It’s been a long, strange gap between top 10 lists here at Everything But the Music, mostly because I like to tell myself that I’m busy and don’t have as much time as I’d like to dedicate to writing. The truth is that I’m lazy and these are a lot of work to compile, fun as they may be. At any rate, with the incredible success the previous lists enjoyed (tens of page views!), I figured now was as good a time as any to dive back in and give the fans what they want, or perhaps the exact opposite of what they want depending on your viewpoint. Without further ado, here it is: the definitive, inarguable list of the ten best symphonies numbered 2. Continue reading
This is the second in a series tentatively called “Erik responds to significant BBC-related items months after people stopped giving a shit.” The first, my take on the Havergal Brian “Gothic” Symphony, can be found here. There is a reason for the delay, however. If I were lying unremorsefully, I would say that it is because I embarked on a massive listening spree of the conductors on the list to better comprehend their respective legacies (in fact, this is somewhat true…I have been listening to the work of the conductors on the list lately, but I only decided to write this two hours ago, so it wasn’t part of some master plan or anything). If I were speaking truthfully, I would say that I spent major portions of the last month-and-a-half watching every episode of “The Wire,” which was one of the five best things I’ve done in 2011 (seriously, if you haven’t watched that show, it is without question the greatest thing I’ve ever seen on television and you should abandon all your obligations to watch it immediately……..after finishing reading this). For reference purposes, the list of the 20 greatest conductors can be found here.
Continuing what has magically turned into a series that I didn’t intend to start, we’re counting down the 10 Best Symphonies no. 3. The field is more crowded than ever, probably uncomfortably so. I had a hell of a time sifting through all these amazing works, and some pieces that I really love got left off altogether. The most interesting trend I noticed in compiling this list was the startling amount of quality Symphonies no. 3 by American composers; it is very clearly a lucky number. Ives, Copland, Schuman, Rorem, Harris, Bernstein, Cowell, Diamond, Ward, Glass, Hanson, Hovhaness, Mennin, and Sessions all contributed strong entrants to the field (clearly I should have just made a list of Symphonies no. 3 by American dudes). Which of these made the cut? Here we go… Continue reading
When I first thought about a countdown of the best symphonies numbered four, I sort of assumed it would flow roughly as naturally as the countdown of symphonies numbered five. I was wrong. What an unbelievably crowded field. Normally I would be inclined to use the “honorable mention” as an excuse to list something that may not immediately leap to mind (as in the Don Gillis Symphony no. 5 ½ on the previous list). But when I made my little chart, there was no room for half-assed attempts at getting Mozart 40 or Haydn 94 or 104, or The Poem of Ecstasy on the list, which kind of blows my mind. Obviously the pool of possibilities swells with the inclusion of Brahms and Schumann, but wait until this thing is done and you see who got left off altogether. Without further hyperbole… Continue reading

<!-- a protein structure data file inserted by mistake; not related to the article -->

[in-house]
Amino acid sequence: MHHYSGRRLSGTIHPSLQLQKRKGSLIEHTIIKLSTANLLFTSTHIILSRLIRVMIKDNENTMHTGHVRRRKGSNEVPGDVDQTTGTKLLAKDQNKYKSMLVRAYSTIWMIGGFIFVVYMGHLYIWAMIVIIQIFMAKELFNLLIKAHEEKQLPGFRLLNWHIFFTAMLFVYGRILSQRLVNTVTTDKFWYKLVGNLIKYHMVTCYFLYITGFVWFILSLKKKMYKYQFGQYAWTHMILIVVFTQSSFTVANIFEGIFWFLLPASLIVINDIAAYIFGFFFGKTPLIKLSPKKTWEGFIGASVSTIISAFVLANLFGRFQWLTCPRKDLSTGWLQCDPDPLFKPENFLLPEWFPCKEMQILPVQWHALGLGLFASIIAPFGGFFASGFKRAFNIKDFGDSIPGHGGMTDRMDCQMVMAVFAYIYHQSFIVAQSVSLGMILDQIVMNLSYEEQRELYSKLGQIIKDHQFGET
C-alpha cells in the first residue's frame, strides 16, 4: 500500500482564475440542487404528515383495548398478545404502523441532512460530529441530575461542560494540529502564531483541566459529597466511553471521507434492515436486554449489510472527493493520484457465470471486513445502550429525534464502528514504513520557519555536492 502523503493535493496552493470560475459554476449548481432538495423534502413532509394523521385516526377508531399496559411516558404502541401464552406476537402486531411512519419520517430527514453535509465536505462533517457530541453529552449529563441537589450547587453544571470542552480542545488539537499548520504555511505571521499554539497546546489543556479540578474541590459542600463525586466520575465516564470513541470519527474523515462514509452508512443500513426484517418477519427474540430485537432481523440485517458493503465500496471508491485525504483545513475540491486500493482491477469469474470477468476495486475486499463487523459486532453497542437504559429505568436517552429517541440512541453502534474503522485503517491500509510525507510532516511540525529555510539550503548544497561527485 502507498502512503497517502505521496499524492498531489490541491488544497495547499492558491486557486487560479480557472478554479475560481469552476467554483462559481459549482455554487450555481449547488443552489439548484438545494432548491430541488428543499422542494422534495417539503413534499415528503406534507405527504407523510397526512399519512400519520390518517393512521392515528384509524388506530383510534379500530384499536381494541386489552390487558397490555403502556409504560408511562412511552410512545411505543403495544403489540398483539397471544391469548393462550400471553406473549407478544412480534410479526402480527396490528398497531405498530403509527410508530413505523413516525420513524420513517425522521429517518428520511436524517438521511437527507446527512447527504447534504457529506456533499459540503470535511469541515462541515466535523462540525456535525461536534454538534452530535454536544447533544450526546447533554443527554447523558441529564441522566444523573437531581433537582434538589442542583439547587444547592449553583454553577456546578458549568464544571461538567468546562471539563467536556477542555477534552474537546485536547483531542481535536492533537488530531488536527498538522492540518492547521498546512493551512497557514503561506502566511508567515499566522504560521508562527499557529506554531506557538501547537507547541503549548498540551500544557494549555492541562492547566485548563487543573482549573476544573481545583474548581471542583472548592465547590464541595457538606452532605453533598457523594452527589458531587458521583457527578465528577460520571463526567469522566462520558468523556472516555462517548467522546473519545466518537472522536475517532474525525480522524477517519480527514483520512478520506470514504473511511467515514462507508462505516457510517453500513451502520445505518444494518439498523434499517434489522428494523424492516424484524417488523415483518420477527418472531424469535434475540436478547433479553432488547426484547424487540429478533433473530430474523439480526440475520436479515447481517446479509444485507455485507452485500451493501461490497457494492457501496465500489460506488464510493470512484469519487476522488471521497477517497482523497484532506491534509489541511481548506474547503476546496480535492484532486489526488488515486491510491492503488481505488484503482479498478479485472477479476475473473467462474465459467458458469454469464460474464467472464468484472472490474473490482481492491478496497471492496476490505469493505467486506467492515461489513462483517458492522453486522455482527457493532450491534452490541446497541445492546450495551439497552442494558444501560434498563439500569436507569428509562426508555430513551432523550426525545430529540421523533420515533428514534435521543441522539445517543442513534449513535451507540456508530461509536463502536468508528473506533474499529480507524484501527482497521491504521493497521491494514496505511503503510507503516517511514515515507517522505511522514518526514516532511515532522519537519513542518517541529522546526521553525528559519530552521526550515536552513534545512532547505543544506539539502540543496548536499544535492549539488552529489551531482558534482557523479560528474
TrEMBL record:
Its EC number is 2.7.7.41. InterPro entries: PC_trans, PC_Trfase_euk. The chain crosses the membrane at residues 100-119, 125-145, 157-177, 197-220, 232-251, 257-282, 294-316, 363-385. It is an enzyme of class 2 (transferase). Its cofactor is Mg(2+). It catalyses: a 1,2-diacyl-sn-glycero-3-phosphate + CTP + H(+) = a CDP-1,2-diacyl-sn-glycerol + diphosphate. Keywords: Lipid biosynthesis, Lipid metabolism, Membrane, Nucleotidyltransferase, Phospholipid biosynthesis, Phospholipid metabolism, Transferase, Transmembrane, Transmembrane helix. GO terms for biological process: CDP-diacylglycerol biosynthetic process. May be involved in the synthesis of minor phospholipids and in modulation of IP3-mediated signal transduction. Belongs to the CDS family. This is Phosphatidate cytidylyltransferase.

A few years ago, some friends and I devised an NCAA-style bracket tournament to determine the greatest composer of all-time through a rigorous series of discussions. The overwhelming majority of humans would likely declare that arguing over who was better/more important between Ravel and Schoenberg is a pointless waste of time. Just because they’re correct doesn’t mean it still can’t have benefits; talking about music, no matter how unusually, is far from pointless.
It is with that same general spirit in mind that I invite you into my world of randomly ranking things like best symphonies based solely on their number. It probably seems like a ridiculous idea, and it is, but it still gets you thinking about great music, and ultimately that’s good. Read this and think about it. Even better, listen to the music and rate for yourself. Think of me as a cult leader and classical music as the cyanide Kool-Aid. Do it now. Continue reading
Opera in the 20th century became totally cool from a plot standpoint. Gone were the days of a plot that really solves itself in 3 minutes but takes 2 and a half hours to get through (she loves WHO?!!), and in its place were plots about all kinds of fucked up shit, with music to match.
Because it was requested some moons ago by someone on something, I have decided to make another list, this time consisting of the 5 best operas of the 20th century. “Why 5?”, you’re not asking yourself right now. Frankly, it’s simple: I don’t feel like I know enough 20-century operas to pare down to 10, but I feel like I know enough to pare down to 5 while maintaining something resembling integrity. With that in mind:
5) Porgy and Bess–George (and Ira…and Ira) Gershwin
If aliens come to Earth intent on destroying us, it is distinctly possible that we could shield ourselves from their hellish death rays and mind control by simply joining in a world wide chorus of “Summertime,” quite possibly the most versatile and oft-interpreted piece of music ever (Ella Fitzgerald, Janis Joplin, Sublime, AND The Zombies?). But wait, there’s more. “Bess, You Is My Woman Now,” “I Got Plenty o’ Nuttin’,” ”There’s a Boat Dat’s Leavin’ Soon for New York,” and on and on. Sportin’ Life is one of the all-time great opera characters (conceived for Cab Calloway as if it weren’t already cool as hell). And it’s historically relevant, casting an eye on the unseen side of life in the slums in the ’20′s.
Recommended Recording: Even though it’s cheating the system a little bit, it has to the Miles Davis/Gil Evans disc. My Lord is it good.
4) The Nose–Dmitri Shostakovich